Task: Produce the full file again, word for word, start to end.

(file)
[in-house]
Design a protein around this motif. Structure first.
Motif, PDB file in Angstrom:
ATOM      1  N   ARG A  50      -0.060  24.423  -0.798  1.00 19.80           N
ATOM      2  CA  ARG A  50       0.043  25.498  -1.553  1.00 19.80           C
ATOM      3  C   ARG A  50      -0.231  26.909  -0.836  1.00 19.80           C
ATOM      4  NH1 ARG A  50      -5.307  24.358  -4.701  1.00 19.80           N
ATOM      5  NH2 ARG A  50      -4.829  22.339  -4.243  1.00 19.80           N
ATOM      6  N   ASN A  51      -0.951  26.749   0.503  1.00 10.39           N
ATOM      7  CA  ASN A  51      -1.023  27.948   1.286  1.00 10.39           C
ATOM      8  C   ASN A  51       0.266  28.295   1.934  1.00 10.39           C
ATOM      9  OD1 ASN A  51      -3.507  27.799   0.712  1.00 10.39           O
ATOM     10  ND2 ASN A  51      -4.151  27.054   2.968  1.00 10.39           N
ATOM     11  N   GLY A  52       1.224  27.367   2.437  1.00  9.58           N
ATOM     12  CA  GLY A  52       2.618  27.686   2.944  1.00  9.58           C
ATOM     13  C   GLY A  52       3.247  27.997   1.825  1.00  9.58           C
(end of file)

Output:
[in-house]
Design a protein around this motif. Structure first.
Motif, PDB file in Angstrom:
ATOM      1  N   ARG A  50      -0.060  24.423  -0.798  1.00 19.80           N
ATOM      2  CA  ARG A  50       0.043  25.498  -1.553  1.00 19.80           C
ATOM      3  C   ARG A  50      -0.231  26.909  -0.836  1.00 19.80           C
ATOM      4  NH1 ARG A  50      -5.307  24.358  -4.701  1.00 19.80           N
ATOM      5  NH2 ARG A  50      -4.829  22.339  -4.243  1.00 19.80           N
ATOM      6  N   ASN A  51      -0.951  26.749   0.503  1.00 10.39           N
ATOM      7  CA  ASN A  51      -1.023  27.948   1.286  1.00 10.39           C
ATOM      8  C   ASN A  51       0.266  28.295   1.934  1.00 10.39           C
ATOM      9  OD1 ASN A  51      -3.507  27.799   0.712  1.00 10.39           O
ATOM     10  ND2 ASN A  51      -4.151  27.054   2.968  1.00 10.39           N
ATOM     11  N   GLY A  52       1.224  27.367   2.437  1.00  9.58           N
ATOM     12  CA  GLY A  52       2.618  27.686   2.944  1.00  9.58           C
ATOM     13  C   GLY A  52       3.247  27.997   1.825  1.00  9.58           C